staying safe at uni

As a student, you often find yourself looking for ways to make ends meet and earn something extra on the side. Due to the global lockdown, looking for work online seems to be the best bet to score a side-gig right now. When you’re applying for jobs online, you may be asked to submit your personal ID or other personally-identifiable documents. But if you’re not careful, you could find yourself submitting sensitive personal information to an illegitimate website or having it intercepted before it reaches its intended recipient.

To prevent this from happening, do yourself a favour, and follow the tips below to stay safe.

1. Be extra careful when connected to free Wi-Fi networks

The thought of getting some work done while eating out sounds appealing, but there’s a catch. Free Wi-Fi networks that can be found at various coffee shops are not the safest to use. With the right tools, even a complete amateur could be listening in on everything you send and receive while being connected through one of these. Without a UK VPN, it’s not recommended to login to your UK bank accounts or send any sensitive information whatsoever, lest you risk having it intercepted. The same goes for any other country, for example, if you live in Israel, don't log into your bank account without using an Israel VPN. Click here for more information:


2. Never forget the importance of a strong and unique password

Your email account and personal messaging services are a treasure trove of data that any hacker would be glad to go through, given the opportunity. If your password is simplistic in nature, they can break through it. So make sure to include at least one number, capital letter, and special symbol in it. Also, explore email validation opportunities to catch and avoid communicating with invalid emails. Furthermore, don’t allow yourself to re-use the same password everywhere around the web. Otherwise, hacking into one of your accounts will be all it takes to compromise the rest. To avoid all of these unique passwords being too heavy on your memory, a password manager is all you need.


3. Set your social media to private and mind what you share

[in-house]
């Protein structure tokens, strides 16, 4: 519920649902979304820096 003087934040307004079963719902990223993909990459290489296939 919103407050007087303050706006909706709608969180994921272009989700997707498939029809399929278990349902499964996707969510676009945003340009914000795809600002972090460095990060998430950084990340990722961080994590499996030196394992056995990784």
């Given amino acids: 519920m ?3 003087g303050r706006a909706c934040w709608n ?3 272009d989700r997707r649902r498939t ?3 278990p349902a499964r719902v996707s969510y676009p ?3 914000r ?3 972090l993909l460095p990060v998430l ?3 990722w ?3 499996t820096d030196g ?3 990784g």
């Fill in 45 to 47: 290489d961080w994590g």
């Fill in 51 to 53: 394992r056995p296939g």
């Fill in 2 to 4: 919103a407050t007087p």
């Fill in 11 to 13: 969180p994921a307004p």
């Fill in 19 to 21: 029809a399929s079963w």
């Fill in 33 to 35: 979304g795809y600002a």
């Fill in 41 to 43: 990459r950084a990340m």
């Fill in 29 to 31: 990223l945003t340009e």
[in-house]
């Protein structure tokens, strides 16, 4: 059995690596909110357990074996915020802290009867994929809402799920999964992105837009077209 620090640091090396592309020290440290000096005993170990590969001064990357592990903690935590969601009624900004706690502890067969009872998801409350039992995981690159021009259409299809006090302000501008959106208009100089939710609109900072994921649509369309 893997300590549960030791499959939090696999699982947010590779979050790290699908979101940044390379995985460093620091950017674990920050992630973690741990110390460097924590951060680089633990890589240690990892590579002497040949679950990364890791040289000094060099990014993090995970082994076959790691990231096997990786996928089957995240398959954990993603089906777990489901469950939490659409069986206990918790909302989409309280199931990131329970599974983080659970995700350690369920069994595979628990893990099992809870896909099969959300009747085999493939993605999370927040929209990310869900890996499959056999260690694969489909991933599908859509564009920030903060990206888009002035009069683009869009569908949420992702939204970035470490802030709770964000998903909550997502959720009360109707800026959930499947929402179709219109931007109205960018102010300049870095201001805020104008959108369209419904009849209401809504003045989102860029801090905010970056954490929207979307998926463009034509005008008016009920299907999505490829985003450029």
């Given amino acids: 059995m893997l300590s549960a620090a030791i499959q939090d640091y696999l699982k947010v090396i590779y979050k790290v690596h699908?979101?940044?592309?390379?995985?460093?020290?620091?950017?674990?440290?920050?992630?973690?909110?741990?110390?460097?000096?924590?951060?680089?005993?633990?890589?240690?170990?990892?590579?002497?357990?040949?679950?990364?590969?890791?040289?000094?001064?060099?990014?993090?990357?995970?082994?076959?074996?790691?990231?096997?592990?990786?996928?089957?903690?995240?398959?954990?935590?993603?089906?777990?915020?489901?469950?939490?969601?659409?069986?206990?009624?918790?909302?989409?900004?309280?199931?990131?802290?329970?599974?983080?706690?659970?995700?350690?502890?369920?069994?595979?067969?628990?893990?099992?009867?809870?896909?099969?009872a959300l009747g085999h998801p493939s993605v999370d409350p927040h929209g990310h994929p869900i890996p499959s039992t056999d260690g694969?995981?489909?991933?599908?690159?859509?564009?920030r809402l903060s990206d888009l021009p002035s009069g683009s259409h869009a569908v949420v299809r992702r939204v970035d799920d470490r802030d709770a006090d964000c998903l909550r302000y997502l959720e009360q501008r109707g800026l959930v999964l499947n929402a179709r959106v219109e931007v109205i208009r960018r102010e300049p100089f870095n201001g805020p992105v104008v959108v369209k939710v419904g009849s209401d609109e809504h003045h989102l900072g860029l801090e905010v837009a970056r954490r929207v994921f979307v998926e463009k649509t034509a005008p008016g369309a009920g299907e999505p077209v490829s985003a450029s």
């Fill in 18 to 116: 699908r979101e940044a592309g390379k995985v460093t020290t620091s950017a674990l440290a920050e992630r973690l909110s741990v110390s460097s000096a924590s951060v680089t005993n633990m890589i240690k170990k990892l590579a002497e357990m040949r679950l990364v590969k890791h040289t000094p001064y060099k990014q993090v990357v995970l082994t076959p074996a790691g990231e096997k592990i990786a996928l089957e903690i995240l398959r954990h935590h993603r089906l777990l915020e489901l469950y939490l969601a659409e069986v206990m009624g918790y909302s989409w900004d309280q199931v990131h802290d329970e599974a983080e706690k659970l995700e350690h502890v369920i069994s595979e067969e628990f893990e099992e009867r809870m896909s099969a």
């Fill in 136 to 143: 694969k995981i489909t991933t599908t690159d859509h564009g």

Far too often, it happens that people are too liberal with what they share on social media. They fail to realize that not everyone who’s following them has their best intentions at heart, and sending sensitive information into the wrong hands can result in disaster. Imagine having your personal number leaked through one of these channels. Later on, the very same number could be used to overtake one of your accounts with the help of social engineering and other manipulative tactics hackers resort to.


4. Make regular backups

Hackers are not the only force you should be shielding yourself against. What if your hardware fails you, and you can no longer recover your files? Although hard drive failure rates are not staggering high, this can still happen, so don’t ever find yourself without a backup. At the same time, regular backups are also a life-saver if you accidentally delete something from your local machine or cloud storage. In addition, you can also use a private cloud to store and maintain any important information you have. Last but not least, having everything backed up allows you to worry less if your laptop gets stolen. That way, you’ll only have to deal with material damage without data loss on top of it.


5. Refrain from clicking on attachments from unknown senders

As innocent as it may look, you never know what’s inside the attachment you’ve received via email. For all you know, it could be bundled with malware, keyloggers, or other unwanted software. Things like incorrectly spelt domain names or a message crafted with a dire sense of urgency are often signs that something is amiss. So be sure to double-check the sender’s address and don’t open any attachments without scanning them first. If someone sends you a link, don’t click on it and manually type it in the URL field of your browser instead (that way, you’ll avoid being lured to a fake website). Websites like Genode scrape any website in seconds, running millions of rotating residential proxies in the background. 



The internet is a place brimming with opportunities, but it does come with its fair share of pitfalls. By taking all the measures necessary to protect your data, you’ll have one less reason to worry about something happening to it.

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